Only Neiman Marcus could call a Christmas catalog featuring a $150,000 custom-made falconry set and a $1.5-million outdoor entertainment system “the heart of giving.” But if “giving” means treating yourself, family and friends to absurd and absurdly expensive gifts, then Neiman Marcus is probably in luck. America’s rich, it seems, are finally in the mood to splurge this year.
Global sales of luxury goods are on track to surpass 2012 in real terms, according to global consultancy Bain, and you can thank America’s millionaires and billionaires for that. Apparently, they’re filling in for their Chinese counterparts, who aren’t feeling particularly chipper this year, with the economy there slowing and Beijing cracking down on lavish gifts to corrupt officials. In part, this appears to have prompted some well-heeled Chinese shoppers to take their business to place like Los Angeles and Las Vegas, away from Beijing’s prying eyes. In part, though, Bain says “a steady pace of store openings in second-tier cities in the U.S. interior” signals that the American market has taken on a momentum of its own.
In all likelihood, it’s the stock market that’s driving the rich’s shopping fever. The S&P500 blew past 1800 last week, for the first time ever. The Dow is up almost 23% since the beginning of the year, and the Nasdaq touched a 13-year high last Friday. Poorer people usually spend more when the price of their homes rise — because they feel richer. Affluent Americans are more inclined to splurge when financial markets rally, because that’s where they store most of their wealth. Here’s a concrete example: Say you invested $100,000 in Netflix, at the beginning of the year. As of the end of last week you’d be about $265,000 better off. No wonder a well-known survey of millionaires’ sentiment hit an all-time high in September. (It dipped in October, but that was likely over temporary fears about the government shutdown).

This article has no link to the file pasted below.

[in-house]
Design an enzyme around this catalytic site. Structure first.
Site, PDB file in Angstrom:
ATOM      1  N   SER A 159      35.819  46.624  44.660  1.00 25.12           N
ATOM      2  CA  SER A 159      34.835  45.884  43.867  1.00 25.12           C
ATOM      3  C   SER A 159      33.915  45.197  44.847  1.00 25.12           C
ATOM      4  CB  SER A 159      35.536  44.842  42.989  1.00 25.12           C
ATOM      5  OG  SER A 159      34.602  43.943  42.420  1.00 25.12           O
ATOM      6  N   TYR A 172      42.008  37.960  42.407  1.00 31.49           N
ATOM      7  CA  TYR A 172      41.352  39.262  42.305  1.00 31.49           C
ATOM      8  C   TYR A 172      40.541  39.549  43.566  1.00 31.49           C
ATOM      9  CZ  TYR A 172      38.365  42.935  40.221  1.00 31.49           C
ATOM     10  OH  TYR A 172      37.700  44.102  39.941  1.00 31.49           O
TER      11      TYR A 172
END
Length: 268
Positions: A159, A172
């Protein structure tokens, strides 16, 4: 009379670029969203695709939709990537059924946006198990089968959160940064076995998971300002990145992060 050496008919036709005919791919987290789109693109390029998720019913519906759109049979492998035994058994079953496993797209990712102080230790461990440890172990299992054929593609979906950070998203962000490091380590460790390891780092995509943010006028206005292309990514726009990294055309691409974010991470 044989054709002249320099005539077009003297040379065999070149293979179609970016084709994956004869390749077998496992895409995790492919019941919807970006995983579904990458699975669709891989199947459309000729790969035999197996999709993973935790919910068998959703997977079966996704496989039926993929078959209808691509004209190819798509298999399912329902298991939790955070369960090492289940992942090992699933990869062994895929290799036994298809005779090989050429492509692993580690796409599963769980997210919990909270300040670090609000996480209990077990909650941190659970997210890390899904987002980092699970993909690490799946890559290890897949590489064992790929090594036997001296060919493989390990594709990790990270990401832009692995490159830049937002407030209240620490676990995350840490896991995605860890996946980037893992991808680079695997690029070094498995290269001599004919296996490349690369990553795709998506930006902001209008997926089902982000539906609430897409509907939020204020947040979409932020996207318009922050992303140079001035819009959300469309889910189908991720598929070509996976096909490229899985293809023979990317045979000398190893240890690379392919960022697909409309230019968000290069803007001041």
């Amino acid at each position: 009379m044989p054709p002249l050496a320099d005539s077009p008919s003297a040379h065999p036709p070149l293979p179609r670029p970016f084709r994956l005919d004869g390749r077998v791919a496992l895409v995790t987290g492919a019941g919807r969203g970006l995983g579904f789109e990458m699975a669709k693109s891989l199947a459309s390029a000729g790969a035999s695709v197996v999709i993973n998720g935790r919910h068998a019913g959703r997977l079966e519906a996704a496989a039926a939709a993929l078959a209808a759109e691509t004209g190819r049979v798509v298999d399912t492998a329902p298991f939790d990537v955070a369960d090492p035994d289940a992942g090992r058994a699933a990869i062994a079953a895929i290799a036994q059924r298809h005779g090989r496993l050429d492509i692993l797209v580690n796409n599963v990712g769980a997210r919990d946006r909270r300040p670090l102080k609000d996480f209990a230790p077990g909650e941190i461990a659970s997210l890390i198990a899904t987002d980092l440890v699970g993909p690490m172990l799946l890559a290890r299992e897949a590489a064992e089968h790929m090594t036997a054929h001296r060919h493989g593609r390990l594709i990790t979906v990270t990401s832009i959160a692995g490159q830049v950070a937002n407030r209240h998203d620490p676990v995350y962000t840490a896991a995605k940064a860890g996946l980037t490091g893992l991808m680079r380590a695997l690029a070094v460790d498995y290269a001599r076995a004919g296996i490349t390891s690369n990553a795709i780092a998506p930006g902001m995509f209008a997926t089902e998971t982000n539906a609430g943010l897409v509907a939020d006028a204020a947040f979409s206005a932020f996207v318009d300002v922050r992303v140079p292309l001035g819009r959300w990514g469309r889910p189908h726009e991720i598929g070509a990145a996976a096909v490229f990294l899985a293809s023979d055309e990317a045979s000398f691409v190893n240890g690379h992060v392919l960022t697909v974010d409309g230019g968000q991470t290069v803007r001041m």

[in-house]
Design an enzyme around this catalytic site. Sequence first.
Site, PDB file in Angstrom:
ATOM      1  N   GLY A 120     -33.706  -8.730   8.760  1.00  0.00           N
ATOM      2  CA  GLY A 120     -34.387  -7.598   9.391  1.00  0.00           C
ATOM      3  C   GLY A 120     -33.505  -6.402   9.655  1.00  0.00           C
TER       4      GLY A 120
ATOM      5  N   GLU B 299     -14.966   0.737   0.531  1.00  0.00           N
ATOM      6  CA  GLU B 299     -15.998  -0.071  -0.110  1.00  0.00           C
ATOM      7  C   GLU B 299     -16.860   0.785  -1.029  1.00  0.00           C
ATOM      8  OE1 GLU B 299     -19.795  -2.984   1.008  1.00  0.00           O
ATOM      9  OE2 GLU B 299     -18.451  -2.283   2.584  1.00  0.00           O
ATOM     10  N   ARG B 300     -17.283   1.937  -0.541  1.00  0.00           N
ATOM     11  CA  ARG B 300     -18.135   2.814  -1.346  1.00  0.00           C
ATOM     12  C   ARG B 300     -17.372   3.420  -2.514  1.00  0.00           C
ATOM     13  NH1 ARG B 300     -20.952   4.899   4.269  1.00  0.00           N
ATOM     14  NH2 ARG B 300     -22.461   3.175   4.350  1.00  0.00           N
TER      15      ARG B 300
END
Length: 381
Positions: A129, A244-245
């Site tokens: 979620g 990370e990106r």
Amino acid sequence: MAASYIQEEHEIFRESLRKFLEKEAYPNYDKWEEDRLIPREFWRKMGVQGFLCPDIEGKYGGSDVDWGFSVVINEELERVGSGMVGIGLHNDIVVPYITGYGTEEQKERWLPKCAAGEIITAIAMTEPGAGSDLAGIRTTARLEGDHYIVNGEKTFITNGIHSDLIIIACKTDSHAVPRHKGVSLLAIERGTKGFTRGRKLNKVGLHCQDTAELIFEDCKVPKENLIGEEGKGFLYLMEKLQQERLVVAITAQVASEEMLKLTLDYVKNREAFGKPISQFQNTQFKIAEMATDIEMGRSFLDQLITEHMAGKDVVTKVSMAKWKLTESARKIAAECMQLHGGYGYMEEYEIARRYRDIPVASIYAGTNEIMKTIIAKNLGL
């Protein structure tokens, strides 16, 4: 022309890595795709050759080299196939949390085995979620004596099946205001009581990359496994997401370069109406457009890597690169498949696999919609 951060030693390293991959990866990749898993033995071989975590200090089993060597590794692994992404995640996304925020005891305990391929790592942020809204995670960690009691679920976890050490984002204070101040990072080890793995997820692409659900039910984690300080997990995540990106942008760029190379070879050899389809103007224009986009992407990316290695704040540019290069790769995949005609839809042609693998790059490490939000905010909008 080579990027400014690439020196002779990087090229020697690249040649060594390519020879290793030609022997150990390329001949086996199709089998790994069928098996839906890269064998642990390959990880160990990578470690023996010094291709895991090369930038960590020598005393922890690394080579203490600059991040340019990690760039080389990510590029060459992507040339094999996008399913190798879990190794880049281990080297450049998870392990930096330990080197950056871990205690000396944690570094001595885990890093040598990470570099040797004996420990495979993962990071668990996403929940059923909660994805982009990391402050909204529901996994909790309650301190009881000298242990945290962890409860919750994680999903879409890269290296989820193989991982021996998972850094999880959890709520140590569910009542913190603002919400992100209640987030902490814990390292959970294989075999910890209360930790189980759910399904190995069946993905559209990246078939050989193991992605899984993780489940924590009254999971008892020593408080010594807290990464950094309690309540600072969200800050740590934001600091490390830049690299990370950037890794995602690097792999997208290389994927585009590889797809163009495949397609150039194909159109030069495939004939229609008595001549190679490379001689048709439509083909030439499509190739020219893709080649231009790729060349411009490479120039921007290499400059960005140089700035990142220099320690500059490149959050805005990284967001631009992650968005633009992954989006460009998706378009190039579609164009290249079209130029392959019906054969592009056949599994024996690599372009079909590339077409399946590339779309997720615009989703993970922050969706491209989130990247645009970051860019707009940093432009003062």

So, what does this all mean for the U.S. economy at large? Strictly speaking, it’s good news. Outlays by top earners have remained subdued for four years after the financial crisis, even though the rich recovered their recession losses much faster than ordinary Americans. That they now once again feel like dropping the big bucks matters a whole lot, considering that the top 5% of consumers account for an estimated 37% of all consumer spending.
In the greater scheme of things, as I wrote last week, the rich aren’t as good an engine of growth as your average Joe shopper. Their shopping binges are as volatile as the stock market that tends to fuel them. Still, in an economy where low and middle class consumers are bogged down by weak job growth and stagnating wages, better to have the rich spending than nobody at all.
Erica Alini is a reporter based in Cambridge, Mass., and a regular contributor to CanadianBusiness.com, where she covers the U.S. economy.